I use Discord to communicate with my friends and my job as a developer at rverse, and I happen to use screen sharing all the time. Unfortunately, even despite PipeWire being an absolute beast of an audio server (something I’ve been jealous of for months now), Discord on Linux has lagged behind the Windows and macOS counterparts. No audio when you screen share, no Discord overlay support (as far as I know), etc.
Frankly, I do think this could be resolved with PipeWire, since PulseAudio was the standard when Discord for Linux was originally conceived, and I really hope it happens. I’m aware a third-party client exists for this exact purpose, but such clients are against Discord’s terms and using one can result in getting banned from the platform.
I should at least mention that a recent update did finally bring the Krisp noise suppression to Linux, according to some people I know who also daily drive a Linux system, but it came years after Windows and Mac got it.
A worry of mine is that drivers for some of my equipment may not necessarily be a thing on Linux yet. Linus from LTT ran into this with his GoXLR a while back — and given how much I’ve accumulated over the years since I previously daily drove a Linux system, I honestly have my doubts about this. As we’ll see in the next section, third party tools do exist with caveats and workarounds, so maybe it’s not an issue.
From a base level, at least, I’ve glanced through the mainline tree and everything I need appears to currently be in there, and in the latest stable releases from Greg Kroah-Hartman, so it’s probably fine? Definitely better than having to manually rebuild my Wi-Fi drivers every time I restarted my system a couple years ago… But I digress.
Game and software support (even with Proton)
Support for gaming is still in its infancy on Linux. Yes, it’s further than it was just a couple years ago thanks to tools like Valve’s Proton compatibility layer (a fork of Wine) and its fork Proton-GE from GloriousEggroll, but it’s not perfect and has a ways to go. Most notably with anti-cheat support. Even with the Steam Deck being well over a year old — things haven’t really improved on this front.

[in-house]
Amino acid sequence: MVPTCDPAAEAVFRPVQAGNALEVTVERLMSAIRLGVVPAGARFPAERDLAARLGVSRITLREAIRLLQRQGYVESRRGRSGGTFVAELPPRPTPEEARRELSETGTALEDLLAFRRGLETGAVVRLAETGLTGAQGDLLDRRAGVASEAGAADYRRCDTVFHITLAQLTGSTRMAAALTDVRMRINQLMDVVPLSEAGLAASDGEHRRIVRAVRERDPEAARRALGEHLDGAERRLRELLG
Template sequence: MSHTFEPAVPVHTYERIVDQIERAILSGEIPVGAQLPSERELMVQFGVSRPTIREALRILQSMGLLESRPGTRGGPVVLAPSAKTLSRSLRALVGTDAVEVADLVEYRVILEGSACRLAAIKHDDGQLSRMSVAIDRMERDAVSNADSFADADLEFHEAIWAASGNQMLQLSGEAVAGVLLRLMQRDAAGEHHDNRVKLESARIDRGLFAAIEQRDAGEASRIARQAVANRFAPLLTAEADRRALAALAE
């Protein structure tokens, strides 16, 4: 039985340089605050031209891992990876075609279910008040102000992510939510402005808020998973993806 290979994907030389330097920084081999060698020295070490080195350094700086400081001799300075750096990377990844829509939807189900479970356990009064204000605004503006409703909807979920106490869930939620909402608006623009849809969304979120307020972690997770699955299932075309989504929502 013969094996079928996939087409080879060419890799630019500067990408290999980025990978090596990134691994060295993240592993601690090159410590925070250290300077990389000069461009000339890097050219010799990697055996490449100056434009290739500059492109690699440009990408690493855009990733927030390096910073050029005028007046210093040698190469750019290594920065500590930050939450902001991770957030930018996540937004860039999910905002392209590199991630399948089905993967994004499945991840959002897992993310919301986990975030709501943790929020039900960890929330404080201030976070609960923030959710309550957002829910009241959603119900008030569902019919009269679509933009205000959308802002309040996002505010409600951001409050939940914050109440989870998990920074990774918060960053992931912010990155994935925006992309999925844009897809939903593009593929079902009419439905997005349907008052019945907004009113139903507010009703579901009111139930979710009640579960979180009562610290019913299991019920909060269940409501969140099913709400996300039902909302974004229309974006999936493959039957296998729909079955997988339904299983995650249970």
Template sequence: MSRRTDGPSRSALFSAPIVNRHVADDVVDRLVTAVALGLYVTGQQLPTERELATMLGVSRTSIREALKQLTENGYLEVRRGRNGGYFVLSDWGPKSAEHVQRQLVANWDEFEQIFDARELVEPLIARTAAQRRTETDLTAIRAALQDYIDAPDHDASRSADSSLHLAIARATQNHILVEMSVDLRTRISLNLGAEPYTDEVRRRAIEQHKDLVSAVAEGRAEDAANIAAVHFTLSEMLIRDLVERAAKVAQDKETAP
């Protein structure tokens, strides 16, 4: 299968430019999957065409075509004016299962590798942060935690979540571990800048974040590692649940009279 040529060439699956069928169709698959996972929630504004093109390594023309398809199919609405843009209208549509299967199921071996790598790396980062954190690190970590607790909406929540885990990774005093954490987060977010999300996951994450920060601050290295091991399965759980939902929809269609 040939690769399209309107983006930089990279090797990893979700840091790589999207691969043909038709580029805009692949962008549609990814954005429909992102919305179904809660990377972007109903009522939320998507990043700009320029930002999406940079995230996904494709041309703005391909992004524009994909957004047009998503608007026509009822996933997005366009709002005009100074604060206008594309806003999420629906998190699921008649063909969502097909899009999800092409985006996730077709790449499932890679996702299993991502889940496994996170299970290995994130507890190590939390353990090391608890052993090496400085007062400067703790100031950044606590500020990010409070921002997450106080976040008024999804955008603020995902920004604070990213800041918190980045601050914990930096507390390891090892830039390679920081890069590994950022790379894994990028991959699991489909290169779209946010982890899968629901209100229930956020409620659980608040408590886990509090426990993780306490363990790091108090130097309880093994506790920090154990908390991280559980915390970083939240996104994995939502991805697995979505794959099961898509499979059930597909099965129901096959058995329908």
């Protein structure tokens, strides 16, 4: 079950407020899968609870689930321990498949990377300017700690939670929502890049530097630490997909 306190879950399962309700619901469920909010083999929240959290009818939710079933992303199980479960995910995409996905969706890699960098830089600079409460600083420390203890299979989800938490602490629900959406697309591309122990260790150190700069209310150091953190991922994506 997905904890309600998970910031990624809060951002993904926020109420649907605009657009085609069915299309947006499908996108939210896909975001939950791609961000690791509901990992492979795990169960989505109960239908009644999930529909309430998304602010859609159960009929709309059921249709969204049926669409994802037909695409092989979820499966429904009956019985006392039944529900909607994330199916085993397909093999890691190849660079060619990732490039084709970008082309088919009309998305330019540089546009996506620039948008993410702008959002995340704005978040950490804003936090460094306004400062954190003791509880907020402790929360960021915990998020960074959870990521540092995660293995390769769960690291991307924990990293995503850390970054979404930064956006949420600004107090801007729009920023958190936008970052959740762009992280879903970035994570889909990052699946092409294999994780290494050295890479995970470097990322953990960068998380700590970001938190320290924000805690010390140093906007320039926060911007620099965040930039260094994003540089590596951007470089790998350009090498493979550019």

Since I use this computer to play games (because Mac gaming isn’t really a thing, especially on Apple silicon), this matters a lot to me. I can get around the hurdles with software support (things that won’t work under Wine) in general with my MacBook, but games are a drastically different beast. The developers of the games themselves need to handle the anti-cheat problem, but as for the others — Proton and Proton-GE could get fixes for them down the line. Both get regular releases which add support for various games (and patches them up, too.)
3DS Capture Software
I just acquired a Loopy capture board (which my dad installed and is working great) for my New Nintendo 3DS XL, and Loopy’s official software (which has audio support) only exists on Windows. That said: I’m pulling the audio into an interface over line-in anyways, in order to sync up commentary and video portions, so this doesn’t matter. In other words, I only really need a viewer, the recording portion of the software doesn’t matter to me because it’s getting pulled into OBS. It’s mainly the convenience of having it just in case that gets me hung up.
There does exist a free and open-source program from Chris Malnick that is apparently compatible and works on both macOS and Linux — although you have to build it from scratch. Not exactly a pain for someone like me, Terminals and I are really good friends, and I’m definitely no stranger to software development… but it might be a pain for a novice. And of course, executing any code from GitHub does come with an inherent risk that it may hurt your system in some way. You never really know these days, and you can never be too careful.
Conclusion: It’s complicated
There are definitely benefits to switching off from Windows — no unnecessary data collection, no Edge browser getting shoved down the throat, no performance overhead or memory leaks — but I’d be giving up the de facto application support for unofficial workarounds and would need to use virtual machines to access Windows-only software in the event that I need it. It just doesn’t sound very attractive. But then again, neither is Windows 11…
Don’t get me wrong: I want to leave Windows for literally anything else. But I feel trapped and might need some assistance getting free.